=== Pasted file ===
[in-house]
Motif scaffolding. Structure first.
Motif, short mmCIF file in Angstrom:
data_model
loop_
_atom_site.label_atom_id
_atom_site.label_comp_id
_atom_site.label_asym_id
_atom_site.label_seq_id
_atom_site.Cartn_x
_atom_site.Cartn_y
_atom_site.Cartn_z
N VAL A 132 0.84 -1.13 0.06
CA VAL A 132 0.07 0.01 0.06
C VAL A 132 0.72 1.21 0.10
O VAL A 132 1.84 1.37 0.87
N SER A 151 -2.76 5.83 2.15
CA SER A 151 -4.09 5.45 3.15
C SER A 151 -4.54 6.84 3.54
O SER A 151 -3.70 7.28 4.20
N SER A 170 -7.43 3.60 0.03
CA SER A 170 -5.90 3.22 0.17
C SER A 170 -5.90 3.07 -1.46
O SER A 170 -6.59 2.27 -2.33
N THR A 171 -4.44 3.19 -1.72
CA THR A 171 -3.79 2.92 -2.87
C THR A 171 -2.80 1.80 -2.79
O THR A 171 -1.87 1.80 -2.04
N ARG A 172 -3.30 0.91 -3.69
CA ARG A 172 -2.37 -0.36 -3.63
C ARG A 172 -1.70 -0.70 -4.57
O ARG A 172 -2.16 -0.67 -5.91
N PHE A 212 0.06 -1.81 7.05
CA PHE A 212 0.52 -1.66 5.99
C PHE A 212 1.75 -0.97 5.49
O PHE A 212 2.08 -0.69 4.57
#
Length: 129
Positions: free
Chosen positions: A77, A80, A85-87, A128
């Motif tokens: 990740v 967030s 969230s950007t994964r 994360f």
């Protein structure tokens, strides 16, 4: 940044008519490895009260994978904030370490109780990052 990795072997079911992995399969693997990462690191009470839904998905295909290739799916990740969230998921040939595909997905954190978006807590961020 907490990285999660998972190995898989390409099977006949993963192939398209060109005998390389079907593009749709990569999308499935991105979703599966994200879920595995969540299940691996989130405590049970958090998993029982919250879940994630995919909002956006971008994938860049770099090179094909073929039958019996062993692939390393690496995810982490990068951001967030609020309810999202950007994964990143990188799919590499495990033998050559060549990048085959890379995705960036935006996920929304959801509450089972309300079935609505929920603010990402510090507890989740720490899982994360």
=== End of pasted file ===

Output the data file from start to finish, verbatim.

[in-house]
Motif scaffolding. Structure first.
Motif, short mmCIF file in Angstrom:
data_model
loop_
_atom_site.label_atom_id
_atom_site.label_comp_id
_atom_site.label_asym_id
_atom_site.label_seq_id
_atom_site.Cartn_x
_atom_site.Cartn_y
_atom_site.Cartn_z
N VAL A 132 0.84 -1.13 0.06
CA VAL A 132 0.07 0.01 0.06
C VAL A 132 0.72 1.21 0.10
O VAL A 132 1.84 1.37 0.87
N SER A 151 -2.76 5.83 2.15
CA SER A 151 -4.09 5.45 3.15
C SER A 151 -4.54 6.84 3.54
O SER A 151 -3.70 7.28 4.20
N SER A 170 -7.43 3.60 0.03
CA SER A 170 -5.90 3.22 0.17
C SER A 170 -5.90 3.07 -1.46
O SER A 170 -6.59 2.27 -2.33
N THR A 171 -4.44 3.19 -1.72
CA THR A 171 -3.79 2.92 -2.87
C THR A 171 -2.80 1.80 -2.79
O THR A 171 -1.87 1.80 -2.04
N ARG A 172 -3.30 0.91 -3.69
CA ARG A 172 -2.37 -0.36 -3.63
C ARG A 172 -1.70 -0.70 -4.57
O ARG A 172 -2.16 -0.67 -5.91
N PHE A 212 0.06 -1.81 7.05
CA PHE A 212 0.52 -1.66 5.99
C PHE A 212 1.75 -0.97 5.49
O PHE A 212 2.08 -0.69 4.57
#
Length: 129
Positions: free
Chosen positions: A77, A80, A85-87, A128
């Motif tokens: 990740v 967030s 969230s950007t994964r 994360f």
């Protein structure tokens, strides 16, 4: 940044008519490895009260994978904030370490109780990052 990795072997079911992995399969693997990462690191009470839904998905295909290739799916990740969230998921040939595909997905954190978006807590961020 907490990285999660998972190995898989390409099977006949993963192939398209060109005998390389079907593009749709990569999308499935991105979703599966994200879920595995969540299940691996989130405590049970958090998993029982919250879940994630995919909002956006971008994938860049770099090179094909073929039958019996062993692939390393690496995810982490990068951001967030609020309810999202950007994964990143990188799919590499495990033998050559060549990048085959890379995705960036935006996920929304959801509450089972309300079935609505929920603010990402510090507890989740720490899982994360």